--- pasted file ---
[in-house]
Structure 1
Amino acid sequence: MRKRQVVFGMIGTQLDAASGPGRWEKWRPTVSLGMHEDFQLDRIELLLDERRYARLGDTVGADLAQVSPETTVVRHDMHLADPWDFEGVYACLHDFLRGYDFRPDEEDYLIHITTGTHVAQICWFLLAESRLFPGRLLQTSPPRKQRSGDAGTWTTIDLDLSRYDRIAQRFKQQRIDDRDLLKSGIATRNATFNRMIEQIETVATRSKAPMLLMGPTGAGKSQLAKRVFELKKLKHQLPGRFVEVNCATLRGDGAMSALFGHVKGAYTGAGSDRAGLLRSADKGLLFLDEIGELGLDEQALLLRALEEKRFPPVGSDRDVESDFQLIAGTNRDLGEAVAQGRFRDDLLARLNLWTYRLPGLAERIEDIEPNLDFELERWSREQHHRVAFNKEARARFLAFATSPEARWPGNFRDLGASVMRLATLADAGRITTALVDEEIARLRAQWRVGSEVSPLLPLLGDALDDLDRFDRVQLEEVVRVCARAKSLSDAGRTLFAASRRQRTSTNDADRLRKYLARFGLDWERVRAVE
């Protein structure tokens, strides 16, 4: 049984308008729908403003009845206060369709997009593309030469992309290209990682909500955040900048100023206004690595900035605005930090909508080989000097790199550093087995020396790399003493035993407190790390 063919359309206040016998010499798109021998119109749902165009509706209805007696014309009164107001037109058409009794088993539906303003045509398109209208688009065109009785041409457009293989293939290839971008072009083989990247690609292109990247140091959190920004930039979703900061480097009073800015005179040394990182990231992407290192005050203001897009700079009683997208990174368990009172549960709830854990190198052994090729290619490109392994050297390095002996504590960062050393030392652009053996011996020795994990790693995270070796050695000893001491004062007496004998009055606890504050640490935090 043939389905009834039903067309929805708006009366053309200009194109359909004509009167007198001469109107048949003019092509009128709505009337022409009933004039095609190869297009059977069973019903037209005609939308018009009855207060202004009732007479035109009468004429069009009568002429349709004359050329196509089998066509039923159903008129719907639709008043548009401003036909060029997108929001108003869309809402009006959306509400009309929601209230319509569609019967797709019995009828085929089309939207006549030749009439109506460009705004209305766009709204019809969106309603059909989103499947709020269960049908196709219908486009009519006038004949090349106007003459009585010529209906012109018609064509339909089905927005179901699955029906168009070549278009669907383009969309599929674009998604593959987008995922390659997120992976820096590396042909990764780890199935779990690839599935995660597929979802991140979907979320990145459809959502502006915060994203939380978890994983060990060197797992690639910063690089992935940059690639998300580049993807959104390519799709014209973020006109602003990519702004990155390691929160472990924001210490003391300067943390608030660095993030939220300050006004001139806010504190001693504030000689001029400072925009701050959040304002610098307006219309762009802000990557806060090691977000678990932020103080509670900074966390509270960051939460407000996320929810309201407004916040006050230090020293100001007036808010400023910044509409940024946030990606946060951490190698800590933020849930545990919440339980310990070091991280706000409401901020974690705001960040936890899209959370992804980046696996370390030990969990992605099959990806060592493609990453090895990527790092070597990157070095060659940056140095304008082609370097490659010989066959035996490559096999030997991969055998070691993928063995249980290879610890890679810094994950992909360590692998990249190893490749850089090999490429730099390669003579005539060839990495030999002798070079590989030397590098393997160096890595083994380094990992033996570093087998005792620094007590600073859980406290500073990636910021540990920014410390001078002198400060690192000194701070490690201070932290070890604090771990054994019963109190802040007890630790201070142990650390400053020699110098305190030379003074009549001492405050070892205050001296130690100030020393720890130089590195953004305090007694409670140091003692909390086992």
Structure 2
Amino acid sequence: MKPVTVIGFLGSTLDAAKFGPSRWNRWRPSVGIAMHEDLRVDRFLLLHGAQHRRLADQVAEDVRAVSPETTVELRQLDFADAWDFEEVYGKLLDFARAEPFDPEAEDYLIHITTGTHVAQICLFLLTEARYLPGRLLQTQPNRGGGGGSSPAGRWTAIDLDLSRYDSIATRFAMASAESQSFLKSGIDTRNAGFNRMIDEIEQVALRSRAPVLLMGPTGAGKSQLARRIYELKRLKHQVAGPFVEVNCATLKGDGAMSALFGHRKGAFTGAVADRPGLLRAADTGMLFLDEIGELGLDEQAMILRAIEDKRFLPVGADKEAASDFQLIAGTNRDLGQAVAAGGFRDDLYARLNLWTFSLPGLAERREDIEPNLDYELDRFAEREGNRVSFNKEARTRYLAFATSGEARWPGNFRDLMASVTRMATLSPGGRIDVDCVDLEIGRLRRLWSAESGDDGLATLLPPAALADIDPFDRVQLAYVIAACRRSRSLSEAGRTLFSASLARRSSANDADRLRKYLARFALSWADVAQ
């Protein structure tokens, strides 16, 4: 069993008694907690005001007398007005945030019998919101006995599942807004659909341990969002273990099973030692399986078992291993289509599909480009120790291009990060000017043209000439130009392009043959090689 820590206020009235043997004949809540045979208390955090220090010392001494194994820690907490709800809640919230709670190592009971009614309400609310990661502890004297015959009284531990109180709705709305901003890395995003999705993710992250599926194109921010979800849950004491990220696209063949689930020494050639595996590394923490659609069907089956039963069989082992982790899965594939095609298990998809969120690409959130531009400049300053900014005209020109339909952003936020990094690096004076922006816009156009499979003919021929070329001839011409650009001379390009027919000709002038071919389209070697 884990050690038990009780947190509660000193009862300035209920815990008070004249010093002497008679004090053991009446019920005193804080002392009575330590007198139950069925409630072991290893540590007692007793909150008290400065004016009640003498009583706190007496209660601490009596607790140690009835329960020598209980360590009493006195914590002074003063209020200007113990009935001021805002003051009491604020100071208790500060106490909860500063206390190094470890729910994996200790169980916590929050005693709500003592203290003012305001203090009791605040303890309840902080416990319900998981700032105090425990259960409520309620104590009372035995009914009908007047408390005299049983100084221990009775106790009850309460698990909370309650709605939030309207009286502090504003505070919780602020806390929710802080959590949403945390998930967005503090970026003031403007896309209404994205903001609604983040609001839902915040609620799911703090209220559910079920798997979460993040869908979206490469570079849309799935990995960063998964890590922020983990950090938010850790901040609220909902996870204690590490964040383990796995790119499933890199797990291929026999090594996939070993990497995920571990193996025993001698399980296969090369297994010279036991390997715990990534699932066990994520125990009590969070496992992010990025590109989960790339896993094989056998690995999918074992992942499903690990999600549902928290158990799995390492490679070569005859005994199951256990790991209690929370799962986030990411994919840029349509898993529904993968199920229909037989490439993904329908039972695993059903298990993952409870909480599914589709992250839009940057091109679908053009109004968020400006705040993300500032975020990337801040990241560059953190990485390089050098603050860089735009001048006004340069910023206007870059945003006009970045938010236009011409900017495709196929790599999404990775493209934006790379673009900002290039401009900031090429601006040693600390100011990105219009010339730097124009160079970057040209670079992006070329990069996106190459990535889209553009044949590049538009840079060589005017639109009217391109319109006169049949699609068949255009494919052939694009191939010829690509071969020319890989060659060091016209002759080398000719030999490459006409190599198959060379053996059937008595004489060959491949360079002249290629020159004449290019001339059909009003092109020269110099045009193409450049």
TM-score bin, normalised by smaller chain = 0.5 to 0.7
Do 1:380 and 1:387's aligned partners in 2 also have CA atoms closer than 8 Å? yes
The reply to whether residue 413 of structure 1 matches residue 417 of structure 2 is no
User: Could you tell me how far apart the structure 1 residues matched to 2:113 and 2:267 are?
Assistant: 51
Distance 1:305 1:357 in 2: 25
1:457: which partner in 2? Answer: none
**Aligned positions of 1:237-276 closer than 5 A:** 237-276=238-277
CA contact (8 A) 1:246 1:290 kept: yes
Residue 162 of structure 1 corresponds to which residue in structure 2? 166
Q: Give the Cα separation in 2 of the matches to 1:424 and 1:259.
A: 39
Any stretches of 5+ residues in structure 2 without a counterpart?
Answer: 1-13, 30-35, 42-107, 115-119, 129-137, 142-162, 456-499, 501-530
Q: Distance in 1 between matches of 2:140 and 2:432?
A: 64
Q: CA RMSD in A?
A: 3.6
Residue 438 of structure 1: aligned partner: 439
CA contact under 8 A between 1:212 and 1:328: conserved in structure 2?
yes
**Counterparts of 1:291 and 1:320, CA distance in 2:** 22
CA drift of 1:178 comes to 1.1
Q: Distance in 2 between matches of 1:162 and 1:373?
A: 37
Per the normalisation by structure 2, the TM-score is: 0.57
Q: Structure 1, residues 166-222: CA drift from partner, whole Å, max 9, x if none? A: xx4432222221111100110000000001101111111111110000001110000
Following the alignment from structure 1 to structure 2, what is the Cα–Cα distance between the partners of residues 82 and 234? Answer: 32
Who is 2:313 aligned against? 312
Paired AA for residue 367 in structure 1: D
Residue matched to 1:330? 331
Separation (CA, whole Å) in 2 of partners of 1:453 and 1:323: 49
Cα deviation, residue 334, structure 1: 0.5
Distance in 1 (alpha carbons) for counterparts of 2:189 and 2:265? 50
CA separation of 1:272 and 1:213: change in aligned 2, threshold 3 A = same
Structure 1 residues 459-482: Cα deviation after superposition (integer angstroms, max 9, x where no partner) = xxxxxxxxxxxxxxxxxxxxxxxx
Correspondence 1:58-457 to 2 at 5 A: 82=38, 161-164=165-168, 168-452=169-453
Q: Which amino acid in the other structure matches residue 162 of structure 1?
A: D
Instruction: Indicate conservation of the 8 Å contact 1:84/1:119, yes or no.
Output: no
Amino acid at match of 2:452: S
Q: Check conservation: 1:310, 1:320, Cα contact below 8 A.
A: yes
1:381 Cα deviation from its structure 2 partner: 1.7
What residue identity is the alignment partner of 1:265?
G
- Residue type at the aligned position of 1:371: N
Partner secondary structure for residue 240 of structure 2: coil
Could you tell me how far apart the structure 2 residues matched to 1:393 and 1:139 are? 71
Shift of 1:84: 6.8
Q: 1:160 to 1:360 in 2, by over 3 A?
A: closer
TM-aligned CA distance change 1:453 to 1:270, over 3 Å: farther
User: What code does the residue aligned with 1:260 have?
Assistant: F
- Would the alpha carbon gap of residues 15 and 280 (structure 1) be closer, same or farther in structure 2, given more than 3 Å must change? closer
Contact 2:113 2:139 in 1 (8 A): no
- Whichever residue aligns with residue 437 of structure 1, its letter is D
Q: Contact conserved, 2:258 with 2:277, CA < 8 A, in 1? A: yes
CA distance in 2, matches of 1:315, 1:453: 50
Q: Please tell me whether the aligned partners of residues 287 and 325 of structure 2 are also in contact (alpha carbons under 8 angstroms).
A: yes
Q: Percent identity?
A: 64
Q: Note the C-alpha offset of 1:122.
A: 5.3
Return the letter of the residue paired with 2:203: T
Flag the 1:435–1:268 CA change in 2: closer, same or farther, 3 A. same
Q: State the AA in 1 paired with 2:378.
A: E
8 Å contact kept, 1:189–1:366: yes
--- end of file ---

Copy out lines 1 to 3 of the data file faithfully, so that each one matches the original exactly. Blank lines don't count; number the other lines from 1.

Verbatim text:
[in-house]
Structure 1
Amino acid sequence: MRKRQVVFGMIGTQLDAASGPGRWEKWRPTVSLGMHEDFQLDRIELLLDERRYARLGDTVGADLAQVSPETTVVRHDMHLADPWDFEGVYACLHDFLRGYDFRPDEEDYLIHITTGTHVAQICWFLLAESRLFPGRLLQTSPPRKQRSGDAGTWTTIDLDLSRYDRIAQRFKQQRIDDRDLLKSGIATRNATFNRMIEQIETVATRSKAPMLLMGPTGAGKSQLAKRVFELKKLKHQLPGRFVEVNCATLRGDGAMSALFGHVKGAYTGAGSDRAGLLRSADKGLLFLDEIGELGLDEQALLLRALEEKRFPPVGSDRDVESDFQLIAGTNRDLGEAVAQGRFRDDLLARLNLWTYRLPGLAERIEDIEPNLDFELERWSREQHHRVAFNKEARARFLAFATSPEARWPGNFRDLGASVMRLATLADAGRITTALVDEEIARLRAQWRVGSEVSPLLPLLGDALDDLDRFDRVQLEEVVRVCARAKSLSDAGRTLFAASRRQRTSTNDADRLRKYLARFGLDWERVRAVE